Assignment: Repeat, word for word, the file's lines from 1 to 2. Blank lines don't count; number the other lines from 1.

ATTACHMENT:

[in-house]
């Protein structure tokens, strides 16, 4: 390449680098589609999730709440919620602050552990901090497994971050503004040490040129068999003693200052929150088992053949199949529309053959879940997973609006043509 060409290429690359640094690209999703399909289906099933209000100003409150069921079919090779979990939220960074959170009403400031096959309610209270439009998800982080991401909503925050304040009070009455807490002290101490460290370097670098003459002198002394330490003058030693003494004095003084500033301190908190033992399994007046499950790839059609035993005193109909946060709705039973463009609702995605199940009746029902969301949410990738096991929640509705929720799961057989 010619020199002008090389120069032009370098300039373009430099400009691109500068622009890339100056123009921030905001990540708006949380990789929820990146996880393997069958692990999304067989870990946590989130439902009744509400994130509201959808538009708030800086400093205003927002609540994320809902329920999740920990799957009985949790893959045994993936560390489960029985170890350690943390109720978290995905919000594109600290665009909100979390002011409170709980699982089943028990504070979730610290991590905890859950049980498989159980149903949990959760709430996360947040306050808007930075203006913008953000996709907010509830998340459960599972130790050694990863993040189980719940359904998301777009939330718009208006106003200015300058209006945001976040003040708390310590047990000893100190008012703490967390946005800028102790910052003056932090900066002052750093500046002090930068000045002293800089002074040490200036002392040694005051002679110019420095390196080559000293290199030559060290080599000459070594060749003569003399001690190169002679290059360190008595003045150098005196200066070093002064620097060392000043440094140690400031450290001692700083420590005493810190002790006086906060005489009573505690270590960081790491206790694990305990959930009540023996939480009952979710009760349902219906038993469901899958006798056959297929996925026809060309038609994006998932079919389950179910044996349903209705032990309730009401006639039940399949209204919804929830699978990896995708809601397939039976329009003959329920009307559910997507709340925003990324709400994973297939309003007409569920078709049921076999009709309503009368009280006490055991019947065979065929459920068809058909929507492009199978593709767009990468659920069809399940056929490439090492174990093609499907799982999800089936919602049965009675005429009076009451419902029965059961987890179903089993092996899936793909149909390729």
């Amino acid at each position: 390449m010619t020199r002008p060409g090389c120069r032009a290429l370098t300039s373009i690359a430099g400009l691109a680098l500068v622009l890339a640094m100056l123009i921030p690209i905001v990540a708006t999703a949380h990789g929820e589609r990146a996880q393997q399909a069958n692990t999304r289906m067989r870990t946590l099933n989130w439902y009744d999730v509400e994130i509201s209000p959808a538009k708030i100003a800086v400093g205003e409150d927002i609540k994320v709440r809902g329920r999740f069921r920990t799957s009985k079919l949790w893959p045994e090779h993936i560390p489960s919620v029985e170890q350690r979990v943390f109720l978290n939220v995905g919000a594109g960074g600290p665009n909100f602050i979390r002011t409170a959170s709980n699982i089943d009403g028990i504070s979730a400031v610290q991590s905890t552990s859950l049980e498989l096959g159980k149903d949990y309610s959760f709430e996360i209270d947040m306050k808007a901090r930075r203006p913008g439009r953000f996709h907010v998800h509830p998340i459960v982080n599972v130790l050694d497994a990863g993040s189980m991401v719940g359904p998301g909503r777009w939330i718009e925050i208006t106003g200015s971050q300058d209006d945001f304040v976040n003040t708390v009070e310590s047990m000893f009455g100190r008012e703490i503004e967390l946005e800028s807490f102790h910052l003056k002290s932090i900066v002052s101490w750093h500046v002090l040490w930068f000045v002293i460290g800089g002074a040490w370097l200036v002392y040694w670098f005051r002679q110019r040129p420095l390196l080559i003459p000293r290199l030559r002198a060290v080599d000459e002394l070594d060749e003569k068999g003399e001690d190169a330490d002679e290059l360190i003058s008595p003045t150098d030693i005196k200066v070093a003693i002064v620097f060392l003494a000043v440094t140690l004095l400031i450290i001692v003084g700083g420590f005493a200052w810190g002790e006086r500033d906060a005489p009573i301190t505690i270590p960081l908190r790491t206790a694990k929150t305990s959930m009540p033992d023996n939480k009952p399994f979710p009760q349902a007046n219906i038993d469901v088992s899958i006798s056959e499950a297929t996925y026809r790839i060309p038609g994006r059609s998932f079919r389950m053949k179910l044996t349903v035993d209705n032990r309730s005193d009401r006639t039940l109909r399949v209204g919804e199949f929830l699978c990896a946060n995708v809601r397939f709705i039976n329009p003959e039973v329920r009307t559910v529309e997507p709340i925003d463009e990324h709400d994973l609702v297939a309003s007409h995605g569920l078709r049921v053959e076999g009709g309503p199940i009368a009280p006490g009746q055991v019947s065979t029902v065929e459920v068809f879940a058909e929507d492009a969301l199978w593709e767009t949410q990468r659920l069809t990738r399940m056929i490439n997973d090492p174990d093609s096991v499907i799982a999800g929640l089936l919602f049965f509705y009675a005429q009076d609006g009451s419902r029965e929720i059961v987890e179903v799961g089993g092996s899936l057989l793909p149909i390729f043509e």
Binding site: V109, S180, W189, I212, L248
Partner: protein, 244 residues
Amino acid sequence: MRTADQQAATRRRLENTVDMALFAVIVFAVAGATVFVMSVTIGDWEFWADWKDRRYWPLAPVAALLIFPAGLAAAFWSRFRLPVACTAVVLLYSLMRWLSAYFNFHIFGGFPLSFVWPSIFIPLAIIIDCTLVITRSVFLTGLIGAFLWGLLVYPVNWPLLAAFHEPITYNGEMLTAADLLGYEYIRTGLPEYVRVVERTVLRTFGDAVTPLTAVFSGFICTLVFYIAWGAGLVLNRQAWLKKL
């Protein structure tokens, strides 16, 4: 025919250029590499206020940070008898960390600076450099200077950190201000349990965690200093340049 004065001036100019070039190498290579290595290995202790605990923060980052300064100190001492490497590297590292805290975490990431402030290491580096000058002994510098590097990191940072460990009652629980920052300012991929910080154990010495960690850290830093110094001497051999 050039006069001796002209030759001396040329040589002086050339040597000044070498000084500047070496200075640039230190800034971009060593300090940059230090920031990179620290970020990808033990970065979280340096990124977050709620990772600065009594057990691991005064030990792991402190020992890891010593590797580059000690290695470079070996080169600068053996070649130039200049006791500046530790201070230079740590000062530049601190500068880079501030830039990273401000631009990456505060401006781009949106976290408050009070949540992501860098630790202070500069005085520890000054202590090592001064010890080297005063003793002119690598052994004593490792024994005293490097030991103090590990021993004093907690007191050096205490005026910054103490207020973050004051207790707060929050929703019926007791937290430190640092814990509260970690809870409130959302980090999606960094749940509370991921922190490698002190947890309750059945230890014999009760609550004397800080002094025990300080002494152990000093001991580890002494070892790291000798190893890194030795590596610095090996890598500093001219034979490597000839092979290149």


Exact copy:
[in-house]
């Protein structure tokens, strides 16, 4: 390449680098589609999730709440919620602050552990901090497994971050503004040490040129068999003693200052929150088992053949199949529309053959879940997973609006043509 060409290429690359640094690209999703399909289906099933209000100003409150069921079919090779979990939220960074959170009403400031096959309610209270439009998800982080991401909503925050304040009070009455807490002290101490460290370097670098003459002198002394330490003058030693003494004095003084500033301190908190033992399994007046499950790839059609035993005193109909946060709705039973463009609702995605199940009746029902969301949410990738096991929640509705929720799961057989 010619020199002008090389120069032009370098300039373009430099400009691109500068622009890339100056123009921030905001990540708006949380990789929820990146996880393997069958692990999304067989870990946590989130439902009744509400994130509201959808538009708030800086400093205003927002609540994320809902329920999740920990799957009985949790893959045994993936560390489960029985170890350690943390109720978290995905919000594109600290665009909100979390002011409170709980699982089943028990504070979730610290991590905890859950049980498989159980149903949990959760709430996360947040306050808007930075203006913008953000996709907010509830998340459960599972130790050694990863993040189980719940359904998301777009939330718009208006106003200015300058209006945001976040003040708390310590047990000893100190008012703490967390946005800028102790910052003056932090900066002052750093500046002090930068000045002293800089002074040490200036002392040694005051002679110019420095390196080559000293290199030559060290080599000459070594060749003569003399001690190169002679290059360190008595003045150098005196200066070093002064620097060392000043440094140690400031450290001692700083420590005493810190002790006086906060005489009573505690270590960081790491206790694990305990959930009540023996939480009952979710009760349902219906038993469901899958006798056959297929996925026809060309038609994006998932079919389950179910044996349903209705032990309730009401006639039940399949209204919804929830699978990896995708809601397939039976329009003959329920009307559910997507709340925003990324709400994973297939309003007409569920078709049921076999009709309503009368009280006490055991019947065979065929459920068809058909929507492009199978593709767009990468659920069809399940056929490439090492174990093609499907799982999800089936919602049965009675005429009076009451419902029965059961987890179903089993092996899936793909149909390729």